If your reading vision has gotten worse with age, you're not alone. Estimates suggest that half of adults have presbyopia, the medical term for the progressive, age-related loss of near vision.
You likely first noticed the changes while reading small print. Perhaps you responded counterintuitively and held the subject matter farther away, where those blurry letters became clearer.
Such recurring near-vision issues have led many adults to settle on reading glasses as an acceptable long-term solution.
But could new eye drops change your calculation?
The FDA recently approved pilocarpine hydrochloride (1.25%) ophthalmic solution, prescription eye drops to help treat presbyopia.
"Pilocarpine is the first drop that's been approved along the spectrum of drops that will eventually be available for improving near vision," says Dr. Rahul Pandit, an ophthalmologist at Houston Methodist. "However, there are definitely pros and cons to consider before using this new drop."
Sure, it would be great to get rid of your reading glasses for once. But how do you know if these new drops are actually right for you?
What is presbyopia?
"When you hit 40 to 45 and beyond, you start developing presbyopia, which is near vision loss that results from age-related stiffening of the lens of your eye," says Dr. Pandit. "Some ophthalmologists refer to this as dysfunctional lens syndrome."
Dr. Pandit adds that this natural lens stiffening is the same process that leads to cataract formation later in life, when stiffening worsens and the lens further hardens and becomes less translucent.
The lens of the eye is meant to be flexible, changing shape depending on whether you're trying to focus on an object that's distant or close.
When you look at an object that's far away, the lens is relaxed. When you focus on an object that's nearby, it changes its shape and curvature. This is called accommodation, during which the pupil also constricts, becoming smaller, which enhances the near-focusing ability of the lens.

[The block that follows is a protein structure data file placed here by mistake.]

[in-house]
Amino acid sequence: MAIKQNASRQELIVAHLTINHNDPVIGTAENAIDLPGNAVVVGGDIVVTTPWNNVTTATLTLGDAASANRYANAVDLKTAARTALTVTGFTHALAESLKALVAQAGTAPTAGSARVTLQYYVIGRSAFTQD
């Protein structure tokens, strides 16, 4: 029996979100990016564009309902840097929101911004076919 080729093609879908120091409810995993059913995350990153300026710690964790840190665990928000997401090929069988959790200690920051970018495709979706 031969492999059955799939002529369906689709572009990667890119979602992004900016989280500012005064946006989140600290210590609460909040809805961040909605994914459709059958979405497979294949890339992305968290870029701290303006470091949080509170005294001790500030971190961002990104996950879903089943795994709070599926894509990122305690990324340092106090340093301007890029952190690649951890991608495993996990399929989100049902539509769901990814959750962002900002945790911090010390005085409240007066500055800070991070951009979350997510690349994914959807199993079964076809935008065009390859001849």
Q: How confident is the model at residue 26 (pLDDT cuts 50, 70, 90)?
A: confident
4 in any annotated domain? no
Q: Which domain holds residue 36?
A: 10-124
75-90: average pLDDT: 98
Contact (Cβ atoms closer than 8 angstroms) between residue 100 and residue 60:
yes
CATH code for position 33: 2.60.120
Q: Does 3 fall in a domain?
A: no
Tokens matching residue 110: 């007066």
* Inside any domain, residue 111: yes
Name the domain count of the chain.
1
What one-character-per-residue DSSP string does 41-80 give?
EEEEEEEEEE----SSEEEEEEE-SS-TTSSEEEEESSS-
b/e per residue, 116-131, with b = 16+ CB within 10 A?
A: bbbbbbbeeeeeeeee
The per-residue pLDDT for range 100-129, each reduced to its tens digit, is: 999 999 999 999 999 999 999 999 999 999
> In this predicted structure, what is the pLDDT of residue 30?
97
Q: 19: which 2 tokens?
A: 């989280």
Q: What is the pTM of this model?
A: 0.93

"As the lens stiffens over time, it loses its ability to change shape, and as a result you have progressive difficulty with near vision," explains Dr. Pandit.
Reading glasses correct for the limitation by introducing an external lens shaped for focusing on nearby objects, relaying an already-focused image back toward your eye.
One issue, though, is that reading glasses affect distance vision, too. It's why you take them off when you're not focusing on something in close range — one reason reading glasses are easy to lose.
How do the new eye drops for presbyopia work?
Pilocarpine is a medication that improves close-range vision by constricting your pupil.
Dr. Pandit adds that it's important to note that the drops don't change the shape of the natural lens of your eye or make it more flexible. Instead, they mimic what naturally happens to your pupil when you are accommodating.
"Pilocarpine isn't a new medication," says Dr. Pandit. "We've been using it to treat glaucoma for decades. It's also what we use when we need to constrict the pupil for certain eye procedures."
The only difference with these new drops, he explains, is that a newer formulation is used and the chemical nature of the solution has been changed so it's absorbed in a gentler way and works for a more defined period of time.
The daily drops, available by prescription only, take effect in as little as 15 minutes and work for up to six hours.
The benefit of improving near vision in this way is that, unlike reading glasses, the pilocarpine drops aren't supposed to affect your distance vision.
What are the side effects of using pilocarpine eye drops to correct close-range vision?
"What does constriction of the pupil do?" asks Dr. Pandit. "It keeps your eye muscles active and closes off some of your peripheral vision, so eye strain and tunnel vision may result for some people."
The most common side effects reported while using pilocarpine (1.25%) prescription eye drops are:
- Eye redness
- Eye irritation
- Increased tear production
The drops may also impair your vision in low-light situations, so they're not recommended for night driving.
"There will eventually be other drops available for improving near vision that work in slightly different ways or with slightly different formulations, which may help overcome some of the unwanted side effects of the pilocarpine drops," Dr. Pandit adds.
Are there other ways to improve close-range vision?
As Dr. Pandit points out, reading glasses and these new eye drops aren't the only presbyopia treatment options to consider.
Other alternatives for improving near vision, some of which are permanent, include:
- Bifocal and monovision contact lenses
- Monovision laser surgery
- Lens implants
"There are many different ways to correct near vision, but no perfect way to reproduce the natural ability to focus of our youth," says Dr. Pandit. "It's important to speak to an ophthalmologist if you're interested in getting a comprehensive overview of the options. Consulting your doctor can also help ensure you find the treatment that makes the most sense for you based the severity of your presbyopia and unique lifestyle needs."